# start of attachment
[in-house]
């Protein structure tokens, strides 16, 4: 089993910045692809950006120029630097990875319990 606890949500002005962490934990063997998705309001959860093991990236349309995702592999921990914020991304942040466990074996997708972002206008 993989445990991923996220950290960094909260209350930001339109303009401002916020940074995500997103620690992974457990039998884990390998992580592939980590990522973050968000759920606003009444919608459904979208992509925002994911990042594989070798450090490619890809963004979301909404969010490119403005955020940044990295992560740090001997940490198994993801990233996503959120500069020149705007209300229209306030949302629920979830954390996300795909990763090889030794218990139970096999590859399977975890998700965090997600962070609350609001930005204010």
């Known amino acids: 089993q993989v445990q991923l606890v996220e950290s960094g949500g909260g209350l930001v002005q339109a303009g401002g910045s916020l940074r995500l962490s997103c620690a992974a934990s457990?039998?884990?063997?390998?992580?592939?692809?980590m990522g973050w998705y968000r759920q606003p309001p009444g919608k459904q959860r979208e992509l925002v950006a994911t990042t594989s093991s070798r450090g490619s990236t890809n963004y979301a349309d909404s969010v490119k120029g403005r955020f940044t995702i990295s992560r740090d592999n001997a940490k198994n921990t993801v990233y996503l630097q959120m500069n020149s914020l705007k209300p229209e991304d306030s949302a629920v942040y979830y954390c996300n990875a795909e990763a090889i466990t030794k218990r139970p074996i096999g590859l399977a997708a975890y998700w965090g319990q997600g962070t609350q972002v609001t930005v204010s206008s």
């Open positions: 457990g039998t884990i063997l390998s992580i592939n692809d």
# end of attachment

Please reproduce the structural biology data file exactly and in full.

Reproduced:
[in-house]
């Protein structure tokens, strides 16, 4: 089993910045692809950006120029630097990875319990 606890949500002005962490934990063997998705309001959860093991990236349309995702592999921990914020991304942040466990074996997708972002206008 993989445990991923996220950290960094909260209350930001339109303009401002916020940074995500997103620690992974457990039998884990390998992580592939980590990522973050968000759920606003009444919608459904979208992509925002994911990042594989070798450090490619890809963004979301909404969010490119403005955020940044990295992560740090001997940490198994993801990233996503959120500069020149705007209300229209306030949302629920979830954390996300795909990763090889030794218990139970096999590859399977975890998700965090997600962070609350609001930005204010």
């Known amino acids: 089993q993989v445990q991923l606890v996220e950290s960094g949500g909260g209350l930001v002005q339109a303009g401002g910045s916020l940074r995500l962490s997103c620690a992974a934990s457990?039998?884990?063997?390998?992580?592939?692809?980590m990522g973050w998705y968000r759920q606003p309001p009444g919608k459904q959860r979208e992509l925002v950006a994911t990042t594989s093991s070798r450090g490619s990236t890809n963004y979301a349309d909404s969010v490119k120029g403005r955020f940044t995702i990295s992560r740090d592999n001997a940490k198994n921990t993801v990233y996503l630097q959120m500069n020149s914020l705007k209300p229209e991304d306030s949302a629920v942040y979830y954390c996300n990875a795909e990763a090889i466990t030794k218990r139970p074996i096999g590859l399977a997708a975890y998700w965090g319990q997600g962070t609350q972002v609001t930005v204010s206008s």
């Open positions: 457990g039998t884990i063997l390998s992580i592939n692809d």